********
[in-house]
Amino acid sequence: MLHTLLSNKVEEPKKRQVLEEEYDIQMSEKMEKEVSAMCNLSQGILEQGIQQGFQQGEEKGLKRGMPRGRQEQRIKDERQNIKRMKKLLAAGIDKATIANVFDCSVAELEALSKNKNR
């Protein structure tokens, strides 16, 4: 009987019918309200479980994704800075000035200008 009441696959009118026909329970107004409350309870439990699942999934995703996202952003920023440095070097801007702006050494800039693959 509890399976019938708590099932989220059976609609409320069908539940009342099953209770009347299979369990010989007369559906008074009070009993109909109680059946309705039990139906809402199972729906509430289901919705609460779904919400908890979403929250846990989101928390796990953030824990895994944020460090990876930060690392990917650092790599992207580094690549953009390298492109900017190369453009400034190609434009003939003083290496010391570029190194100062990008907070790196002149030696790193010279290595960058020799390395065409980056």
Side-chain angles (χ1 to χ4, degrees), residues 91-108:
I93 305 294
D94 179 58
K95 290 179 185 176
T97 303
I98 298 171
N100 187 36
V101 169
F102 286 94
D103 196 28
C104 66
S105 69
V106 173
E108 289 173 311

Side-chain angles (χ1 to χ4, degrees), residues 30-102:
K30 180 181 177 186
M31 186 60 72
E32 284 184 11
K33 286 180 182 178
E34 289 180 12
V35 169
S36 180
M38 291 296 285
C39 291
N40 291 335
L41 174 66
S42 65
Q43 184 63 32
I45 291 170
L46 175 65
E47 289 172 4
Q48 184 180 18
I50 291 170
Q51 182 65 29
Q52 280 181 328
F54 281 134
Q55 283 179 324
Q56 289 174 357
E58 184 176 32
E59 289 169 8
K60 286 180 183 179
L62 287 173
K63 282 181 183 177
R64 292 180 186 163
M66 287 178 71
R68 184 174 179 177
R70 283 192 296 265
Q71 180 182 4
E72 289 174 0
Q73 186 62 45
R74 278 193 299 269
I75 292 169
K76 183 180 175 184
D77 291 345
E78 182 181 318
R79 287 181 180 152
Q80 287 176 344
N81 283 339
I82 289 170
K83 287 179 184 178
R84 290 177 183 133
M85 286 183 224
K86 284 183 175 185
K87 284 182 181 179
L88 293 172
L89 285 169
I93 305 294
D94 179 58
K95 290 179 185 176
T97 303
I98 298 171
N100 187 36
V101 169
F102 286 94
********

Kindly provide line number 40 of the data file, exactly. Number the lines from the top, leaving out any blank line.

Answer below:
Q55 283 179 324